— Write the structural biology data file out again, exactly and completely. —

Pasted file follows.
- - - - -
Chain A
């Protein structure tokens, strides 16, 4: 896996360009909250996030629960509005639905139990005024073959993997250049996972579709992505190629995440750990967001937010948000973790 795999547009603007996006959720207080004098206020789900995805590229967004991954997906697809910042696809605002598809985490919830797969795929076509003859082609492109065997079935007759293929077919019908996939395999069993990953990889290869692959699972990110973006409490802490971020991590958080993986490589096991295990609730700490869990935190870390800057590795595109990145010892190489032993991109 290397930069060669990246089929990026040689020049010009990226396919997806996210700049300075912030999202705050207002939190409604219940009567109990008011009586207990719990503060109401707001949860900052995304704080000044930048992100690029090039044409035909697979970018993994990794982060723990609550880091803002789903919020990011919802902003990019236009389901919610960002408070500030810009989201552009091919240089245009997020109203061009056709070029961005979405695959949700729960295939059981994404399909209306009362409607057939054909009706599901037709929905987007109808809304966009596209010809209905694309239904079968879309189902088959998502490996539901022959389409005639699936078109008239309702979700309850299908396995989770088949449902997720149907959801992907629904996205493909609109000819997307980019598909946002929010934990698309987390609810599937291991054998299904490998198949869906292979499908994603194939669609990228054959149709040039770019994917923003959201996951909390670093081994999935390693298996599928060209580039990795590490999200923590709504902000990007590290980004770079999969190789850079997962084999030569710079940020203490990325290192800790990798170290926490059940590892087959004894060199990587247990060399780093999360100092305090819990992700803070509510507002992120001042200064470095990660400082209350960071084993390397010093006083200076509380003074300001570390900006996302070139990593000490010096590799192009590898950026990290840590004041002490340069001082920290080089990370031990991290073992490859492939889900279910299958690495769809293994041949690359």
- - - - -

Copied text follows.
Chain A
């Protein structure tokens, strides 16, 4: 896996360009909250996030629960509005639905139990005024073959993997250049996972579709992505190629995440750990967001937010948000973790 795999547009603007996006959720207080004098206020789900995805590229967004991954997906697809910042696809605002598809985490919830797969795929076509003859082609492109065997079935007759293929077919019908996939395999069993990953990889290869692959699972990110973006409490802490971020991590958080993986490589096991295990609730700490869990935190870390800057590795595109990145010892190489032993991109 290397930069060669990246089929990026040689020049010009990226396919997806996210700049300075912030999202705050207002939190409604219940009567109990008011009586207990719990503060109401707001949860900052995304704080000044930048992100690029090039044409035909697979970018993994990794982060723990609550880091803002789903919020990011919802902003990019236009389901919610960002408070500030810009989201552009091919240089245009997020109203061009056709070029961005979405695959949700729960295939059981994404399909209306009362409607057939054909009706599901037709929905987007109808809304966009596209010809209905694309239904079968879309189902088959998502490996539901022959389409005639699936078109008239309702979700309850299908396995989770088949449902997720149907959801992907629904996205493909609109000819997307980019598909946002929010934990698309987390609810599937291991054998299904490998198949869906292979499908994603194939669609990228054959149709040039770019994917923003959201996951909390670093081994999935390693298996599928060209580039990795590490999200923590709504902000990007590290980004770079999969190789850079997962084999030569710079940020203490990325290192800790990798170290926490059940590892087959004894060199990587247990060399780093999360100092305090819990992700803070509510507002992120001042200064470095990660400082209350960071084993390397010093006083200076509380003074300001570390900006996302070139990593000490010096590799192009590898950026990290840590004041002490340069001082920290080089990370031990991290073992490859492939889900279910299958690495769809293994041949690359």